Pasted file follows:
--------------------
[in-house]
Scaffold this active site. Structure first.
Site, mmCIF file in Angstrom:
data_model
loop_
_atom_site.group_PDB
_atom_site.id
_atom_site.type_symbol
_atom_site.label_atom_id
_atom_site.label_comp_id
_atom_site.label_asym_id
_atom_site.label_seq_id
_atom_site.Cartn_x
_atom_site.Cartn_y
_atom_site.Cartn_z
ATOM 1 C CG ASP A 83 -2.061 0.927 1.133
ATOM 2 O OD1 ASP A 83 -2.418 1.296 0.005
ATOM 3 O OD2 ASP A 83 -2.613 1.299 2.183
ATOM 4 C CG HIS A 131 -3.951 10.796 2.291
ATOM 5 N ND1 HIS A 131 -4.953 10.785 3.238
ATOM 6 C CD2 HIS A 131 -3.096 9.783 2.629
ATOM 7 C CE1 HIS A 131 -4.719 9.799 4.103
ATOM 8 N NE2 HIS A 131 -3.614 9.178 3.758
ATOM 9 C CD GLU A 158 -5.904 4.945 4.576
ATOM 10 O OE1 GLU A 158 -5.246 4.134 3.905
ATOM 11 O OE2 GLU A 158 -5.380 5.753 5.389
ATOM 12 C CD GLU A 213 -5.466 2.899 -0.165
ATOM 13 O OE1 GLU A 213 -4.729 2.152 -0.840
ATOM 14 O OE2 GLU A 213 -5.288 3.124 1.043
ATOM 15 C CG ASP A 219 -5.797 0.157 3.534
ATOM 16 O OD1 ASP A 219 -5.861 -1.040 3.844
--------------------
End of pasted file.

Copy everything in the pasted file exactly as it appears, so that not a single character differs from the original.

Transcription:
[in-house]
Scaffold this active site. Structure first.
Site, mmCIF file in Angstrom:
data_model
loop_
_atom_site.group_PDB
_atom_site.id
_atom_site.type_symbol
_atom_site.label_atom_id
_atom_site.label_comp_id
_atom_site.label_asym_id
_atom_site.label_seq_id
_atom_site.Cartn_x
_atom_site.Cartn_y
_atom_site.Cartn_z
ATOM 1 C CG ASP A 83 -2.061 0.927 1.133
ATOM 2 O OD1 ASP A 83 -2.418 1.296 0.005
ATOM 3 O OD2 ASP A 83 -2.613 1.299 2.183
ATOM 4 C CG HIS A 131 -3.951 10.796 2.291
ATOM 5 N ND1 HIS A 131 -4.953 10.785 3.238
ATOM 6 C CD2 HIS A 131 -3.096 9.783 2.629
ATOM 7 C CE1 HIS A 131 -4.719 9.799 4.103
ATOM 8 N NE2 HIS A 131 -3.614 9.178 3.758
ATOM 9 C CD GLU A 158 -5.904 4.945 4.576
ATOM 10 O OE1 GLU A 158 -5.246 4.134 3.905
ATOM 11 O OE2 GLU A 158 -5.380 5.753 5.389
ATOM 12 C CD GLU A 213 -5.466 2.899 -0.165
ATOM 13 O OE1 GLU A 213 -4.729 2.152 -0.840
ATOM 14 O OE2 GLU A 213 -5.288 3.124 1.043
ATOM 15 C CG ASP A 219 -5.797 0.157 3.534
ATOM 16 O OD1 ASP A 219 -5.861 -1.040 3.844